Baptists in the kitchen: Women-only homemaking courses
In 1958, during a trifaith “Religious Emphasis Week” at the University of Arkansas, I hung out at the Sigma Nu house. One morning some Baptist Sigma Nu brothers were walking with me as I went by the Lutheran campus chapel. I stopped. “You want to go in there?” they asked. Yes, I wanted to see a majestic figure of Christ on the cross sculpted by Harriet Youngman Reinhardt. Once these friendly iconoclasts got over the shock of dealing with an iconodule who favored a carved corpus, one said: “You wouldn’t want to go there. That’s Lutheran!” “So am I,” I responded, and he said: “You know, I never met one of them before!”
Back when Southern Baptists were still Baptist, I was invited to Southwestern Seminary, the “largest seminary in the world,” and was impressed by its worship, classes and faculty. Since then, I’ve been a guest on many southern college and university campuses and have stayed at Baptist-dominated sororities and in faculty homes. While the southern style of hospitality and cuisine may not be to everyone’s taste, this Midwesterner ate it up. The “sisters” and spouses in these places had manners that shamed mine; their grooming and garb reflected a culture that produces Miss Americas. A few of these women were pastors, some were destined to become pastors, and still others would marry pastors. They lacked neither grace nor graces, and the last thing they needed were “home economics” courses.
But their superiors have decided otherwise, at least at Southwestern. Pop culture, pagan pluralism or the presence of non–“cradle Baptist” converts must have led to some loss of the good old manners, mores and recipes. Maybe some of the new women are married to male seminarians who have grown slovenly. Worst of all, in the eyes of new Southern Baptist leadership, many of the women have been called to ordained ministry, which is a no-no. The need for women’s submission to their husbands must have been what prompted Southwestern leaders to introduce a “new, women-only academic program in homemaking” (emphasis mine), a 23-hour concentration that counts toward a B.A. in humanities and a life as a pastor’s wife.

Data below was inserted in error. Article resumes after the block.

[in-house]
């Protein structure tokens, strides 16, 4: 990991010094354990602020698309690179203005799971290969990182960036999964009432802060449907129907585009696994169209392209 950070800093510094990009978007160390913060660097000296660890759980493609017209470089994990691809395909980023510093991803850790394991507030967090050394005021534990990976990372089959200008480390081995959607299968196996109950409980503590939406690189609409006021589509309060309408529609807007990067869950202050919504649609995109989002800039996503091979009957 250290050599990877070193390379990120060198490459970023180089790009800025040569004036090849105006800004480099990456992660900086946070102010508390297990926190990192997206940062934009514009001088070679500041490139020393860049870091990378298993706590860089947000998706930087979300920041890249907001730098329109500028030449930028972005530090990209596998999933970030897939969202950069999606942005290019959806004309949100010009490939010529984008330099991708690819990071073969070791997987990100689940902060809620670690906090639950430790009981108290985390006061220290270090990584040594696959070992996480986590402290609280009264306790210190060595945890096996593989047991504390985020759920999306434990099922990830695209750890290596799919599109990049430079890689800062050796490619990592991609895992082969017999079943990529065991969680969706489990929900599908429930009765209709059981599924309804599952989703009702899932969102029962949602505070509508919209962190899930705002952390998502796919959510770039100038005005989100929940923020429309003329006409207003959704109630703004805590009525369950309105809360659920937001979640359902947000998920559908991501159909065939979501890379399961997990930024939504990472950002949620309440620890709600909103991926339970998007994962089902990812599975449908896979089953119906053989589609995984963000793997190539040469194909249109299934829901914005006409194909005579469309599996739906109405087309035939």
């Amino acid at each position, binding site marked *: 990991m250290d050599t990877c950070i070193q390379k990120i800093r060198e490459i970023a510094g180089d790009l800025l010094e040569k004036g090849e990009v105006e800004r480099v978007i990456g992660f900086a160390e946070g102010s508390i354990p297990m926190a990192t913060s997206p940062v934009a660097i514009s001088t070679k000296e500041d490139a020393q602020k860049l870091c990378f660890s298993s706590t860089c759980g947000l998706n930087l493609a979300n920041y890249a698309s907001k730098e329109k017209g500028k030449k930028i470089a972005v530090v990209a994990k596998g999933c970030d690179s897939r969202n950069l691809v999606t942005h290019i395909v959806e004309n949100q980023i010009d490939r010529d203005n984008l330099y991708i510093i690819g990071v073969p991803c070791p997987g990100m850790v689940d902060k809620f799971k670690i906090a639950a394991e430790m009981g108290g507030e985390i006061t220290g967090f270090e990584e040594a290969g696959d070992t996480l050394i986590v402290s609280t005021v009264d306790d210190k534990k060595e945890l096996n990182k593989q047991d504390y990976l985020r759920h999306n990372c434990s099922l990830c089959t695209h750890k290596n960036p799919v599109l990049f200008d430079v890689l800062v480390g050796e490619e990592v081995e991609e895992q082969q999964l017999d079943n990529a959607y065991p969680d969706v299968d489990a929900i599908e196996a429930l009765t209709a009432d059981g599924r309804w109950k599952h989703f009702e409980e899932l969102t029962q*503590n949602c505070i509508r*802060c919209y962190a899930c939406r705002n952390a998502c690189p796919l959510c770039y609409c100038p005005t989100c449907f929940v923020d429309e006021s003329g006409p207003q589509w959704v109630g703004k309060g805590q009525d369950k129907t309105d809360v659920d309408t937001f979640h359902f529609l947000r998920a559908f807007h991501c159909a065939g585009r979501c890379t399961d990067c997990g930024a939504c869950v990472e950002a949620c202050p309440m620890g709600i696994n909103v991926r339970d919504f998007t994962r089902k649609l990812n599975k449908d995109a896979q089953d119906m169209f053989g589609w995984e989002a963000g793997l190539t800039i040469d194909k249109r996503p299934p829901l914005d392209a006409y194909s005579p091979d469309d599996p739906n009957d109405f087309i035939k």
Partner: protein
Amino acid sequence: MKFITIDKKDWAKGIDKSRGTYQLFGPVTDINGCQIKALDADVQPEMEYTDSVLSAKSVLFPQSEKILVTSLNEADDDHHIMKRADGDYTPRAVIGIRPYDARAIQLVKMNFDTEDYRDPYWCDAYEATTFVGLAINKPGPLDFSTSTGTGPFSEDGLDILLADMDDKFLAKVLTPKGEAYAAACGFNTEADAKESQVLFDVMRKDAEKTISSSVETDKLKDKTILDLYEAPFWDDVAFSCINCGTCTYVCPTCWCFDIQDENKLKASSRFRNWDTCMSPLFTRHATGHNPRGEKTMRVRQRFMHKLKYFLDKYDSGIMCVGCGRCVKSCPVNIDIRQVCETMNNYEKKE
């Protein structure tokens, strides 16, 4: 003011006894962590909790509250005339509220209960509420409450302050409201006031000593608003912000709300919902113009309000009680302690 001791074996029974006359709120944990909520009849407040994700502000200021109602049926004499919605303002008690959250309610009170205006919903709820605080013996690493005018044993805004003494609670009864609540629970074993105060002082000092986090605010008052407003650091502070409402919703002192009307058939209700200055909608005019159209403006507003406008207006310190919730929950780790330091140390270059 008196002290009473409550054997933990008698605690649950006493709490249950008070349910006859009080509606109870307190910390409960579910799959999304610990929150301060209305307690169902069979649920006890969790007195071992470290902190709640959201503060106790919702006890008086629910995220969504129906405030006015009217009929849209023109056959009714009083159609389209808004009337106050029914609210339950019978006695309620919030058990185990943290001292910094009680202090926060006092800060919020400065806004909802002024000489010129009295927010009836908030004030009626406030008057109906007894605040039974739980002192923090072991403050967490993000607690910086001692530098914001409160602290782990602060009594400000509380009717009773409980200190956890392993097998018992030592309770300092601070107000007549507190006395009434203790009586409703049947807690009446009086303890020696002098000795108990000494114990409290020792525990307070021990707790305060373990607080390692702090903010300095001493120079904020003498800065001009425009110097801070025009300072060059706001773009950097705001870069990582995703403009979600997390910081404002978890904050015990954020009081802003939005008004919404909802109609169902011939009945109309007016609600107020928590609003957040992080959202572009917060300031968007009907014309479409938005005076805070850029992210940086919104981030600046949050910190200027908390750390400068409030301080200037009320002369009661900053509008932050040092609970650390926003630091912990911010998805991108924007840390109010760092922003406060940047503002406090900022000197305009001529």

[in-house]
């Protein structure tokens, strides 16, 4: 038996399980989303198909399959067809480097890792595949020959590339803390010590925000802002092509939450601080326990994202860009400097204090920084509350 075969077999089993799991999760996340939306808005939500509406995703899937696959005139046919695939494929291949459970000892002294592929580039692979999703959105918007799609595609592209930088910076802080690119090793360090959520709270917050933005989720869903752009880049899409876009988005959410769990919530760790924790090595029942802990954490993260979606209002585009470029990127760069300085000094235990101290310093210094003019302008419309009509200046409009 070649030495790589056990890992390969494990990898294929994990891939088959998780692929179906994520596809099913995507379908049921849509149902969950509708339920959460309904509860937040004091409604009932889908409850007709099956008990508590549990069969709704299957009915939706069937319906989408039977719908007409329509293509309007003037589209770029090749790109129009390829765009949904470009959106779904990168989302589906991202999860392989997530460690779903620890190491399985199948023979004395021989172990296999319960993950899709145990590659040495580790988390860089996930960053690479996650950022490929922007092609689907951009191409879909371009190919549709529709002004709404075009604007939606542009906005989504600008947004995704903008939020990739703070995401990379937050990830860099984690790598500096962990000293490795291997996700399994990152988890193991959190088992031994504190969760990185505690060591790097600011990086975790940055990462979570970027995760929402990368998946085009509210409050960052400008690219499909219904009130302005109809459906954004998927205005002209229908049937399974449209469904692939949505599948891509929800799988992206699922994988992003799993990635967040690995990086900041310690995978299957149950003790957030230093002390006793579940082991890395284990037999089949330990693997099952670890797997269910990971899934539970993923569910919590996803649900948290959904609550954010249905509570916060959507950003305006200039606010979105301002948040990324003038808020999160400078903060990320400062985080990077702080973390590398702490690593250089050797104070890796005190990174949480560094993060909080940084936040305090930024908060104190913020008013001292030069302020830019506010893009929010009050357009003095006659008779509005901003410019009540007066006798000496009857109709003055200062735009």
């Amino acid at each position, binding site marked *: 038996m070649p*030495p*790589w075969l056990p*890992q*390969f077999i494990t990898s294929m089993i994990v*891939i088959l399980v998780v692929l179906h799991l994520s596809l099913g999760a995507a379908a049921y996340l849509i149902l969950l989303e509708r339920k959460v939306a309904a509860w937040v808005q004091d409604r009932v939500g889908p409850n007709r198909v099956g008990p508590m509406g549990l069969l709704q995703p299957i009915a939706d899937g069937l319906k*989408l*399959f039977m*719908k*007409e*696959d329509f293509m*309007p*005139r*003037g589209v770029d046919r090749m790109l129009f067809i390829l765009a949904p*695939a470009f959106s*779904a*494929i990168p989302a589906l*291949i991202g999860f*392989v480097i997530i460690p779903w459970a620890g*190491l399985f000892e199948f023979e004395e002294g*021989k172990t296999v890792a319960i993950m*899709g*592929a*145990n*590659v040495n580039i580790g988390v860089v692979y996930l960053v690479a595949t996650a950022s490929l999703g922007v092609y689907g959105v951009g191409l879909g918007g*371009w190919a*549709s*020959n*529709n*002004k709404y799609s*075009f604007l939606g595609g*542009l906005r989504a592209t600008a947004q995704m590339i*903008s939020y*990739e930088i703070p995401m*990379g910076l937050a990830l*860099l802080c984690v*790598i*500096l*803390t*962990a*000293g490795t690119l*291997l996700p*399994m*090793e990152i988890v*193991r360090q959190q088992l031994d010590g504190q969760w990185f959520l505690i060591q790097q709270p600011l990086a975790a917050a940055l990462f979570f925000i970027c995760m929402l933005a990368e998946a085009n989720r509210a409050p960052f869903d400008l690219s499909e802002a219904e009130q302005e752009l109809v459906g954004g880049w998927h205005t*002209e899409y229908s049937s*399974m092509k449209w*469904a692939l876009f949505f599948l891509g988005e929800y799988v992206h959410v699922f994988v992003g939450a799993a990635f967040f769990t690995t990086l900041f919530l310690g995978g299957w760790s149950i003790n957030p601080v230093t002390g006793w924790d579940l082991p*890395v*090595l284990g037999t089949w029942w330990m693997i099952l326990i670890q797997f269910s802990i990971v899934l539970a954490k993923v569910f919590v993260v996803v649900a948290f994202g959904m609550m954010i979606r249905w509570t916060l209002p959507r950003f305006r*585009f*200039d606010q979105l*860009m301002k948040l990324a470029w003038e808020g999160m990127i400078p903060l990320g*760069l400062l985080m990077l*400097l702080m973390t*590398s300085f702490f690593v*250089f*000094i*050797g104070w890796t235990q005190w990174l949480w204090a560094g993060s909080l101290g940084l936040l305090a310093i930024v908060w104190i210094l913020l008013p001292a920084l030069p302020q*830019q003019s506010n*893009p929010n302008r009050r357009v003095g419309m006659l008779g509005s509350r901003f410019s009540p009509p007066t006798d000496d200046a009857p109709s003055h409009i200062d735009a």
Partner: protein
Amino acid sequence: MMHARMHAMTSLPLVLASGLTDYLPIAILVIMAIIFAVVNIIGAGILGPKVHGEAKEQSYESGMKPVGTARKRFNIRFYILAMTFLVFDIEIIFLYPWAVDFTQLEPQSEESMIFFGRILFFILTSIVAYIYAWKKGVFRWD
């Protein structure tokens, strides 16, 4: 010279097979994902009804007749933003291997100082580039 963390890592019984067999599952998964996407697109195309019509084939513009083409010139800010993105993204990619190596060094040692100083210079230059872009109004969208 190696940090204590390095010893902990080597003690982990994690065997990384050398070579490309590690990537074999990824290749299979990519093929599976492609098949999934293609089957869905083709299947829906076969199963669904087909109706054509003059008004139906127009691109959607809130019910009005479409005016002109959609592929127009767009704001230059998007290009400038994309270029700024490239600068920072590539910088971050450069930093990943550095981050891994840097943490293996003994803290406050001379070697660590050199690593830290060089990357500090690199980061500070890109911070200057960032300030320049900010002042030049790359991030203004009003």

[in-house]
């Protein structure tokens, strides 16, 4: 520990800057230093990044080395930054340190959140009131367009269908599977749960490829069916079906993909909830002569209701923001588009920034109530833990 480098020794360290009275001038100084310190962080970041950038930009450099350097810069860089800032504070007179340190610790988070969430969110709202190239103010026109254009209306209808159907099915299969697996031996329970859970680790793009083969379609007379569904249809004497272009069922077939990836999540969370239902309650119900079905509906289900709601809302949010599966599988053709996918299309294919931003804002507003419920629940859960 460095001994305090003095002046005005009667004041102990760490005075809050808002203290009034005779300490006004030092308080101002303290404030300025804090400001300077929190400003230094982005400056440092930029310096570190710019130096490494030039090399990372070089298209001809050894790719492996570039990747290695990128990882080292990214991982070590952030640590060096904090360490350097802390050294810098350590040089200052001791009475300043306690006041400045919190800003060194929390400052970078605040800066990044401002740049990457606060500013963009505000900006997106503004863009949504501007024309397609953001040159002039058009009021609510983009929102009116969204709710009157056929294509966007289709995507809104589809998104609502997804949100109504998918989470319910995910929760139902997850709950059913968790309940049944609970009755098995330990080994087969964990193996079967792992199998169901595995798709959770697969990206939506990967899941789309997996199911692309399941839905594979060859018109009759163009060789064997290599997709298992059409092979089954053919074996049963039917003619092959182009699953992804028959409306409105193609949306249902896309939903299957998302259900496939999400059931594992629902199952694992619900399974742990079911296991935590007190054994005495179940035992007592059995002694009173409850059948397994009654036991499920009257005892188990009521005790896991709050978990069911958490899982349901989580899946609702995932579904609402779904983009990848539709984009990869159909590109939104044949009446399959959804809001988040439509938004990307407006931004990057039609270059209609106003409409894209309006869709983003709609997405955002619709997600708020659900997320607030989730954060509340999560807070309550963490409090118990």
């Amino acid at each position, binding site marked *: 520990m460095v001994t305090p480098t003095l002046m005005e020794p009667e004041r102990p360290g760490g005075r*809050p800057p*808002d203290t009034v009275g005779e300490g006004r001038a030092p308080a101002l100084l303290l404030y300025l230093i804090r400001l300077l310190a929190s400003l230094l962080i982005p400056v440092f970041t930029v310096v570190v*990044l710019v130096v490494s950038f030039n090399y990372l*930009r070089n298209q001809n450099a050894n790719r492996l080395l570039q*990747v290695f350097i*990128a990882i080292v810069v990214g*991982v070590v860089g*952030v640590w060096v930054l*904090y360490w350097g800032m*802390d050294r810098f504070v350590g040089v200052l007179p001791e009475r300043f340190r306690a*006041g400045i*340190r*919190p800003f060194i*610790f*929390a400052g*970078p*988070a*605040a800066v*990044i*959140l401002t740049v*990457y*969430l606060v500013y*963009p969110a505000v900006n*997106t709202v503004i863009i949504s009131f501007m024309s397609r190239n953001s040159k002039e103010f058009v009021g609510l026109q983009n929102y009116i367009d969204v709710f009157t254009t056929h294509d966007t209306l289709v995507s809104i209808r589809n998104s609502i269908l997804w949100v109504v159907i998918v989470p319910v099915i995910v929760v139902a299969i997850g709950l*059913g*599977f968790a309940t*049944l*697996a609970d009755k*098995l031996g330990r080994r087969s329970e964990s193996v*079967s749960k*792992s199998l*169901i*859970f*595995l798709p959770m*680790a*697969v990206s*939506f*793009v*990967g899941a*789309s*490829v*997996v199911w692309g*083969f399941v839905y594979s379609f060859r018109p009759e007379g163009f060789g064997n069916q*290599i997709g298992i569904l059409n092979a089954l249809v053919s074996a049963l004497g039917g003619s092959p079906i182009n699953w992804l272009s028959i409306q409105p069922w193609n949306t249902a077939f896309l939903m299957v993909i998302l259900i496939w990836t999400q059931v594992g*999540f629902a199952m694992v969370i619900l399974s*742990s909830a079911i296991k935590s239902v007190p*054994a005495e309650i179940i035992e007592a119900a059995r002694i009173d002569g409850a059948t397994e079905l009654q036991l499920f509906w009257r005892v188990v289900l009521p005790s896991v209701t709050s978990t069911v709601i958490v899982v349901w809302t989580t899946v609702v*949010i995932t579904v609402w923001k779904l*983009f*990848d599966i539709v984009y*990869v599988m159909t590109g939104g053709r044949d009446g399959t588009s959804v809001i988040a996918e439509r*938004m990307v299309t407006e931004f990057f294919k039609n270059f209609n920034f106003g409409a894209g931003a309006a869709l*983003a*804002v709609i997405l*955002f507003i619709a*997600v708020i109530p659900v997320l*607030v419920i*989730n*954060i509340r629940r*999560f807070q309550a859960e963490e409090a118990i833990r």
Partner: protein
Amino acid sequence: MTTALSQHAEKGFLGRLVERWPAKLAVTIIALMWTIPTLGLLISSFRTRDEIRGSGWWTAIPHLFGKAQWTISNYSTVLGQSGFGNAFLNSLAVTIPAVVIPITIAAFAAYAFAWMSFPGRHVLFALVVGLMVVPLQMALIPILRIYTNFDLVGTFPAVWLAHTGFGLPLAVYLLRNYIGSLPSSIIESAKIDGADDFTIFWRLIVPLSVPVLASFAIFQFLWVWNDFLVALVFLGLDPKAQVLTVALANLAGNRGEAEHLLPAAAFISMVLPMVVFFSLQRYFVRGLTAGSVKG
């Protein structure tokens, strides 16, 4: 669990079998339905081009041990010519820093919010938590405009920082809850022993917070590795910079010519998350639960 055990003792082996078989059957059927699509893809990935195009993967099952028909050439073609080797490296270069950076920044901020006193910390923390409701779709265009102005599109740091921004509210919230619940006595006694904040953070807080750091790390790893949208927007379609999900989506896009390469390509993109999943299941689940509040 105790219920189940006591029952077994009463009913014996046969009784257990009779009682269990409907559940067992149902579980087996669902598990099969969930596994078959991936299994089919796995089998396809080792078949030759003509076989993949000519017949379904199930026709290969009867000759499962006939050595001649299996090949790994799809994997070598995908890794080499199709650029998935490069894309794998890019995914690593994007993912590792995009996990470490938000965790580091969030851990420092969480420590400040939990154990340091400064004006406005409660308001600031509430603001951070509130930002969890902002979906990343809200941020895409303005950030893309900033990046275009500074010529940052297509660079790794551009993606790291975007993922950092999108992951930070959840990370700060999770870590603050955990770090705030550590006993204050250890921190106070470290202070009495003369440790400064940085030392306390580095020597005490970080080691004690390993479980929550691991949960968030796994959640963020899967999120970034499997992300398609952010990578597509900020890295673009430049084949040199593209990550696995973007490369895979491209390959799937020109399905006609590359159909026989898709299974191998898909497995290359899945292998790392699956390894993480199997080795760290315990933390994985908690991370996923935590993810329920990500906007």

The Dallas Morning News reports that the program is aimed at helping establish what Southwestern’s president calls “biblical family and gender roles.” He adds: “We are moving against the tide in order to establish family and gender roles as described in God’s word.”
Because this is a “women-only” curricular track, one is tempted to shout “discrimination” and call in the feds. Yet the separation-of-church-and-state ethos would protect the seminary from legal enforcement. Only God’s inspired word in the Bible should count. And precisely here is where one worries about the Bible sources and these Baptists. The seminary courses are on clothing construction, textile design and meal preparation. In the Bible these tasks were as much part of the family and gender roles of men as of women.
Bible-believing Baptists have to ask: How do we square Matthew 6:25-26 with a 23-hour course on “taking thought for what you should wear” or “eat and drink”? What about the resurrected male Jesus cooking fish and baking bread for the disciples on the beach at the sea of Tiberias (John 21: 9-14)? How about the apostle Paul, who made a living as a tentmaker? From what I know about (us) male ministers today, I’d say that if we cannot cook like Jesus, if we cannot sew like Paul, then it’s we who need homemaking lessons. How about men-only or mixed gender courses? They’d be inspired, even biblical.